Review: Camp Nine by Vivienne Schiffer

Title: Camp Nine
Author: Vivienne Schiffer
Pages: 198
Genre: Contemporary Fiction
Release Date: October 10th, 2011
Publisher: University of Arkansas Press
Source: Review copy provided by publisher

If any of you are currently looking for the next selection for your book club, then please please please look into Camp Nine by Vivienne Schiffer. This absolutely stunning novel receives a (very rare) 5 out of 5 from me and is easily one of my favorite books this year! The writing is fantastic, and there are many controversial topics that would really engage a literary group.

These are the parts of my life: before Camp Nine and after Camp Nine, and those brief, unexpected days when Camp Nine was everything to me.
Camp Nine tells the story of Cecilia "Chess" Morton and her coming of age in the Arkansas Delta during World War II. Rook, Arkansas is an extremely rural farming town filled with prejudice, bigotry, and a strong division between the haves and the have-nots. While life is far from ideal, the appearance of an internment camp for Japanese Americans forced to leave their California homes quickly changes the town. When her mother Carrie takes a job inside the camp, Chess finds herself becoming involved in the lives of the prisoners and one family in particular, the Matsuis. Over the course of two years, Chess sees not only the triumphs and tragedies of a group of people who struggle daily with questions of sacrifice, loyalty, family, and tradition but also the unexpected dark secrets that lie within her own family's past.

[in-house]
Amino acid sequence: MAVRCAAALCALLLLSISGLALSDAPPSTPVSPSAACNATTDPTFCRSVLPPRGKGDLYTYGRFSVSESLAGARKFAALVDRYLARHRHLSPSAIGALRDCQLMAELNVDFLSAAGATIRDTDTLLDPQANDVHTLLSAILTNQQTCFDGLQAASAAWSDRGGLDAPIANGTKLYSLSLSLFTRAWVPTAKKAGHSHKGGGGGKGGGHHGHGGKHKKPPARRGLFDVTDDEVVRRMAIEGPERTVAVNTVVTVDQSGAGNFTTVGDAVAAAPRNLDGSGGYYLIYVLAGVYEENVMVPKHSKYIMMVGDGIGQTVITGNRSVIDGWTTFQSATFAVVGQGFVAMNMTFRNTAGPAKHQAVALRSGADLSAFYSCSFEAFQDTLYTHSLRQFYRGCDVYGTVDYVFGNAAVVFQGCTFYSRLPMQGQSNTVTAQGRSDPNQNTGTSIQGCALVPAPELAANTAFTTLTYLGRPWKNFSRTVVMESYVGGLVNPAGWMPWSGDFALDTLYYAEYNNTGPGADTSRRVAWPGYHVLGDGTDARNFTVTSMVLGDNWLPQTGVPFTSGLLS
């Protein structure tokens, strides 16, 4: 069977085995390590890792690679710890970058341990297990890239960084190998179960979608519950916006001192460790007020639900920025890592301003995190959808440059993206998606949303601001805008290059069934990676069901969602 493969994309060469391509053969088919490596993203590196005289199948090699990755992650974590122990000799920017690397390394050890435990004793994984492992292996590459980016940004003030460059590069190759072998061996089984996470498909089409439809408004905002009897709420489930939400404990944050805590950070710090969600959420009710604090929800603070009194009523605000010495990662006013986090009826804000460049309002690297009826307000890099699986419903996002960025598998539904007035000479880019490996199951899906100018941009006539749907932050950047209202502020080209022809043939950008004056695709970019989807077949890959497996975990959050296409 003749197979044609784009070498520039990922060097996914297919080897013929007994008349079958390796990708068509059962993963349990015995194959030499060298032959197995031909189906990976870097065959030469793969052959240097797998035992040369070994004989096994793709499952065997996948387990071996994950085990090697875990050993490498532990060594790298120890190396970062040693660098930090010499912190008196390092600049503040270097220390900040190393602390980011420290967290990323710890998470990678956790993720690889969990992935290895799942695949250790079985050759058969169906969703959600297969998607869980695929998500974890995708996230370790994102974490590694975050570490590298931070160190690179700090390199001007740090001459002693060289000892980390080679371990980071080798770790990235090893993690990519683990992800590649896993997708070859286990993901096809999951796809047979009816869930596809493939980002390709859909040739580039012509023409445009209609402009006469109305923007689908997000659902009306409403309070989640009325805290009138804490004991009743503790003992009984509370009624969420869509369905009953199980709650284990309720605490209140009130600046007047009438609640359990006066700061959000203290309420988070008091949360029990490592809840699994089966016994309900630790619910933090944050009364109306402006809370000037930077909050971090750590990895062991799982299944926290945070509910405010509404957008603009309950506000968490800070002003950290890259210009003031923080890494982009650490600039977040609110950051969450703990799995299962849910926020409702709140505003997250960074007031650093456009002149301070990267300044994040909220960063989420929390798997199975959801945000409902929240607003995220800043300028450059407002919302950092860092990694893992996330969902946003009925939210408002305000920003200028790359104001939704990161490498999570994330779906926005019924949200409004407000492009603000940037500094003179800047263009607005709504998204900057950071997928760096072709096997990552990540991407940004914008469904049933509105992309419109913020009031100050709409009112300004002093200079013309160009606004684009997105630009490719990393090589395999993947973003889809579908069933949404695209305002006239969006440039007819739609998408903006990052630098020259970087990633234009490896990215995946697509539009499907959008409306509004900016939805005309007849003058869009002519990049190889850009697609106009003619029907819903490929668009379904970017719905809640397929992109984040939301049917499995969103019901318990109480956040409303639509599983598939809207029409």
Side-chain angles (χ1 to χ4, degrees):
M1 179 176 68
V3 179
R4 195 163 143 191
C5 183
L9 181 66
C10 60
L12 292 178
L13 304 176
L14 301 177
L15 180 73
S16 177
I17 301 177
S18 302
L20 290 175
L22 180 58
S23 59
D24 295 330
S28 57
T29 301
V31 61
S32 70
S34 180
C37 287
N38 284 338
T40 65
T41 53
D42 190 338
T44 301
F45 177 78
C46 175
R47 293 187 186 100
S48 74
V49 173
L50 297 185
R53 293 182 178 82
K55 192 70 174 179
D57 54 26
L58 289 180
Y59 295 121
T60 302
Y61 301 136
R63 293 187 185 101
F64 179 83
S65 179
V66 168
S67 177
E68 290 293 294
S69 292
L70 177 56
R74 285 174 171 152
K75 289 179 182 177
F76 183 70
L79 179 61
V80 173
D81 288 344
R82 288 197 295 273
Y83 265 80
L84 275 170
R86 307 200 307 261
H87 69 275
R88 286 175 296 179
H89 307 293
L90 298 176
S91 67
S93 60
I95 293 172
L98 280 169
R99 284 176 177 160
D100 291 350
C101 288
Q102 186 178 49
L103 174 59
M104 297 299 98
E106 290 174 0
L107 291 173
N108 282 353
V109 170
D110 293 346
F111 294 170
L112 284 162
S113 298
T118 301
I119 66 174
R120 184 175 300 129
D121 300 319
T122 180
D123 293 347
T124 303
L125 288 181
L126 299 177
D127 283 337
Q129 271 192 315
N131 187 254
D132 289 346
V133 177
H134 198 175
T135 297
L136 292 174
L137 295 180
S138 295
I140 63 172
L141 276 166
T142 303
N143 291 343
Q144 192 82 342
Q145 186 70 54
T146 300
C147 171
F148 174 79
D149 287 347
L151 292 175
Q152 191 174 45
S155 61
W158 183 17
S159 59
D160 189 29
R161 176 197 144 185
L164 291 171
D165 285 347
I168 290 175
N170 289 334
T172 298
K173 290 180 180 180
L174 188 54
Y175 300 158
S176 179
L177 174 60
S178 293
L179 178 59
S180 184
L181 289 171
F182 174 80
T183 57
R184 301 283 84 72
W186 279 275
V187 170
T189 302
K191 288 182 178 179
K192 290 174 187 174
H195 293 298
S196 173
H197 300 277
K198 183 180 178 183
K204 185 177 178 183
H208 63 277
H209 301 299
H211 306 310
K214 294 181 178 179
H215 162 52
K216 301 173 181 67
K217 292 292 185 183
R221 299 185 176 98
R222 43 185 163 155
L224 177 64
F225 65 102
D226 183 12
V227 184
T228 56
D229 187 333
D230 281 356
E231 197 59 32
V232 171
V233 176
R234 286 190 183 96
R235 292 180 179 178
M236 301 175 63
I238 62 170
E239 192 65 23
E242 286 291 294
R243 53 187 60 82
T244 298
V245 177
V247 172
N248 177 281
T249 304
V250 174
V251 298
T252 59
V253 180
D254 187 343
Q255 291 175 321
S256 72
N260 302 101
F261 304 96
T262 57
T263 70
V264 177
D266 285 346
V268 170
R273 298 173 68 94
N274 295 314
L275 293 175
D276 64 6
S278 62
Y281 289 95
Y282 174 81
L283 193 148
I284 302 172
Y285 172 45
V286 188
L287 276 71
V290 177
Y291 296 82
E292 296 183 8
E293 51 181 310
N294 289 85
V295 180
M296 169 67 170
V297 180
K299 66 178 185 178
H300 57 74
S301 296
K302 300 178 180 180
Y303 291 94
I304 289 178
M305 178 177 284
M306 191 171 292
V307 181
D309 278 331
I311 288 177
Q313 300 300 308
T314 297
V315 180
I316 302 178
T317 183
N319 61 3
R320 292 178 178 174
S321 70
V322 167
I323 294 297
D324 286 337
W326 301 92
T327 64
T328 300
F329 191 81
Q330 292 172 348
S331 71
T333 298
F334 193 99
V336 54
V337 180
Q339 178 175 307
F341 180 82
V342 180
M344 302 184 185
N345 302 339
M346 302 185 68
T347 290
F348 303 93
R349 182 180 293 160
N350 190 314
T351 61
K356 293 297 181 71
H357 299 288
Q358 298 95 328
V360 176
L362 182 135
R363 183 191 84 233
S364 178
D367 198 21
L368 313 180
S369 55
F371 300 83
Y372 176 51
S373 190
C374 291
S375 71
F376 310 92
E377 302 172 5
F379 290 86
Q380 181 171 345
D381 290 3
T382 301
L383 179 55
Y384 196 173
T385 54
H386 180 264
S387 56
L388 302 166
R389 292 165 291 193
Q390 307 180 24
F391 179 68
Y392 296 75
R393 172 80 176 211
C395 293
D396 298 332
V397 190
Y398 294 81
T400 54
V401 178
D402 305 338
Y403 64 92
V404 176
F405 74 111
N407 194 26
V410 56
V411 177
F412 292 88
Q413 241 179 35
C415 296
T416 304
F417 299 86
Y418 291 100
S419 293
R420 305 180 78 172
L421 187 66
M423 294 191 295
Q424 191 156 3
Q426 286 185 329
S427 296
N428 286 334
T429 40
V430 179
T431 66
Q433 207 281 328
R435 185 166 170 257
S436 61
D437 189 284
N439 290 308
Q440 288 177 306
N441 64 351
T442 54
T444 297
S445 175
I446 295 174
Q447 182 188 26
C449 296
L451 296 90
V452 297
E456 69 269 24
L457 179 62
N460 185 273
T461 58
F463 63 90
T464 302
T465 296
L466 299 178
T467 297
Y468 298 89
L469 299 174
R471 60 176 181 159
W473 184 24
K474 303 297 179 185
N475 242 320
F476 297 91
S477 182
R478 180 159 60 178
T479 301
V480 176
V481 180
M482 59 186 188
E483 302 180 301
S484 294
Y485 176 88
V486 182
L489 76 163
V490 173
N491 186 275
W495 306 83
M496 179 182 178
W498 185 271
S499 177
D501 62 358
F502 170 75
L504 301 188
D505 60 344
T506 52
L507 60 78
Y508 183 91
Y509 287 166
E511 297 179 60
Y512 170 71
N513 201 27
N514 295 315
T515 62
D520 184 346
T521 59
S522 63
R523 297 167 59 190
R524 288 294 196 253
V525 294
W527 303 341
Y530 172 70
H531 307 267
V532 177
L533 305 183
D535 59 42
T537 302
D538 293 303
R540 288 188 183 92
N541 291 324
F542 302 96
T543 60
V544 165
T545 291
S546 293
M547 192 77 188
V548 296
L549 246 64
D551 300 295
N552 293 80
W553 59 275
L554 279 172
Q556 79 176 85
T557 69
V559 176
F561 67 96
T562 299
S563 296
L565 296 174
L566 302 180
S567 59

The topic of the Japanese internment camps created by FDR during World War II is a part of US history that is often overlooked. I am so glad that Ms. Schiffer wrote such a compelling book that bring this subject into the forefront. The basic idea itself is just so unbelievable, and I can't even imagine the outcry if something like that were to have been suggested regarding American Muslims after 9/11. Based on the Rohwer Relocation Center, Camp Nine seems very well researched and translates into a very modern literary read.
I know that Camp Nine was something that should never have been. It destroyed lives and separated families...But the experience was mine, too. On a deeper lever than I had ever understood, Camp Nine has defined my life.
Once I started this book, I didn't want to stop. The writing of this Southern author and Arkansas native is magical. The setting came alive as I read, and I felt whatever emotion that the author conjures throughout the narrative. The subject matter first caught my attention, but it was the perfect amount of action and conflict that kept me reading. Little one-off lines of foreshadowing built a lot of excitement and increased my need to reach the novel's conclusion. While this story appears to be about a group of prisoners, Schiffer tackles the horrific and muddled situation through the eyes of a pre-teen girl. This is very much Chess' story. 

Again, I can't tell you enough about the competent and mesmerizing book that is Camp Nine. I definitely learned something about a topic that I wasn't too familiar with beforehand. I wholeheartedly encourage everyone to read Vivienne Schiffer's unforgettable debut. 

About Vivienne Schiffer

Vivienne Schiffer grew up in the Arkansas Delta town of Rohwer, site of the Rohwer Relocation Center, on which Camp Nine is based. She is an attorney and has practiced law for twenty-eight years in Houston, where she lives with her husband Paul and their family. Schiffer is currently at work on her second novel.